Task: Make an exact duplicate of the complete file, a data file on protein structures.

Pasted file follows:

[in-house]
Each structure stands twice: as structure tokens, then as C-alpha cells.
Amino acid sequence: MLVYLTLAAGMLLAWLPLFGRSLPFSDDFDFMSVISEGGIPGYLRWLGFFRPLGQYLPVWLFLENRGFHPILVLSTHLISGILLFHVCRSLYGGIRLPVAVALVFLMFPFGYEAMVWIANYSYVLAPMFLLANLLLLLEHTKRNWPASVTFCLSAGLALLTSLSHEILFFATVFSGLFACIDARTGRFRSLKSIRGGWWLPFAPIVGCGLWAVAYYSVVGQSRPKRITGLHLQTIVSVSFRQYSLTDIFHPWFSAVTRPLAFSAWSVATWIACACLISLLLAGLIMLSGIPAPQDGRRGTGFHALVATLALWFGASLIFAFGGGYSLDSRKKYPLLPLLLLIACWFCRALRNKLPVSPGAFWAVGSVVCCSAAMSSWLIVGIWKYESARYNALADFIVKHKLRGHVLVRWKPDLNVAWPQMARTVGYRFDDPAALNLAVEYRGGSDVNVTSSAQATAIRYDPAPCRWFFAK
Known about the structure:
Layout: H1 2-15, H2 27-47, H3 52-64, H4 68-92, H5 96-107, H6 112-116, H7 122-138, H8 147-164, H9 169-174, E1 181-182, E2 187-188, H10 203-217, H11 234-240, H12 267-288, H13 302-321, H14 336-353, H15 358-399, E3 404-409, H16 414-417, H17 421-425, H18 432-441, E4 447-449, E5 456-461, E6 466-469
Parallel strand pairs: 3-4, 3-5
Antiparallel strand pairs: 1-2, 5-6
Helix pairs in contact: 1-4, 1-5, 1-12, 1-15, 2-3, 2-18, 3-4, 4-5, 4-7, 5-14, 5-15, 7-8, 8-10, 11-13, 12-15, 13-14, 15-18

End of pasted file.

[in-house]
Each structure stands twice: as structure tokens, then as C-alpha cells.
Amino acid sequence: MLVYLTLAAGMLLAWLPLFGRSLPFSDDFDFMSVISEGGIPGYLRWLGFFRPLGQYLPVWLFLENRGFHPILVLSTHLISGILLFHVCRSLYGGIRLPVAVALVFLMFPFGYEAMVWIANYSYVLAPMFLLANLLLLLEHTKRNWPASVTFCLSAGLALLTSLSHEILFFATVFSGLFACIDARTGRFRSLKSIRGGWWLPFAPIVGCGLWAVAYYSVVGQSRPKRITGLHLQTIVSVSFRQYSLTDIFHPWFSAVTRPLAFSAWSVATWIACACLISLLLAGLIMLSGIPAPQDGRRGTGFHALVATLALWFGASLIFAFGGGYSLDSRKKYPLLPLLLLIACWFCRALRNKLPVSPGAFWAVGSVVCCSAAMSSWLIVGIWKYESARYNALADFIVKHKLRGHVLVRWKPDLNVAWPQMARTVGYRFDDPAALNLAVEYRGGSDVNVTSSAQATAIRYDPAPCRWFFAK
Known about the structure:
Layout: H1 2-15, H2 27-47, H3 52-64, H4 68-92, H5 96-107, H6 112-116, H7 122-138, H8 147-164, H9 169-174, E1 181-182, E2 187-188, H10 203-217, H11 234-240, H12 267-288, H13 302-321, H14 336-353, H15 358-399, E3 404-409, H16 414-417, H17 421-425, H18 432-441, E4 447-449, E5 456-461, E6 466-469
Parallel strand pairs: 3-4, 3-5
Antiparallel strand pairs: 1-2, 5-6
Helix pairs in contact: 1-4, 1-5, 1-12, 1-15, 2-3, 2-18, 3-4, 4-5, 4-7, 5-14, 5-15, 7-8, 8-10, 11-13, 12-15, 13-14, 15-18